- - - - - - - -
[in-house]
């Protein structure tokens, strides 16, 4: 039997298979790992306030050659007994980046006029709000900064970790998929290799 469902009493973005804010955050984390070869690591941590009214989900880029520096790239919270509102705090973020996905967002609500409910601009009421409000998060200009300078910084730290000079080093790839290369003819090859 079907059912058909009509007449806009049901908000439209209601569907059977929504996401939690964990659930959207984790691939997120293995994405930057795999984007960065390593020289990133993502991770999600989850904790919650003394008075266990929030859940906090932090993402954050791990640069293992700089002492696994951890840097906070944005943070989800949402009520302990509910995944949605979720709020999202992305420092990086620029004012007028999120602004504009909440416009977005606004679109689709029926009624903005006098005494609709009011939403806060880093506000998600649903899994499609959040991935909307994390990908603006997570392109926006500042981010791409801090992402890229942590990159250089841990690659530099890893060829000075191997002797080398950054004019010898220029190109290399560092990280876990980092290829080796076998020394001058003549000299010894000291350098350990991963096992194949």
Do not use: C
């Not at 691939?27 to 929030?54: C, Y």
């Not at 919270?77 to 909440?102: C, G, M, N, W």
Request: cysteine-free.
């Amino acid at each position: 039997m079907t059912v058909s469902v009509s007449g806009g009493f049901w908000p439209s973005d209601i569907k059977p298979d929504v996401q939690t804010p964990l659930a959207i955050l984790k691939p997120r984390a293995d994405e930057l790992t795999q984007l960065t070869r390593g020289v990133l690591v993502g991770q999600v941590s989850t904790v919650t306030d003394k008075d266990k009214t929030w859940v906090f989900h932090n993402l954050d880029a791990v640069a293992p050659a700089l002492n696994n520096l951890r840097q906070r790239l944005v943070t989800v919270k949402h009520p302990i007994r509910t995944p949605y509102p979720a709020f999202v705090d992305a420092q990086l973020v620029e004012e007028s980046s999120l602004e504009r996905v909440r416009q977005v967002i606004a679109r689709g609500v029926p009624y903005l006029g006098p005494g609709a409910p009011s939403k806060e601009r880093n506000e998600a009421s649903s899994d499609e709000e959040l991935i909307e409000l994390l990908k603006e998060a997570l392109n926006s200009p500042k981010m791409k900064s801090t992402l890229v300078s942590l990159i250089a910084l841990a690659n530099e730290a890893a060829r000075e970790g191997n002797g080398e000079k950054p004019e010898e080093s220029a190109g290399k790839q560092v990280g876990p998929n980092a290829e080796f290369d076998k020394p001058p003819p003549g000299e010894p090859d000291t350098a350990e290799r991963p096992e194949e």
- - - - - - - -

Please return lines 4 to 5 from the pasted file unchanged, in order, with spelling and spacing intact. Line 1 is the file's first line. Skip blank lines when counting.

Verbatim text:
């Not at 691939?27 to 929030?54: C, Y």
């Not at 919270?77 to 909440?102: C, G, M, N, W």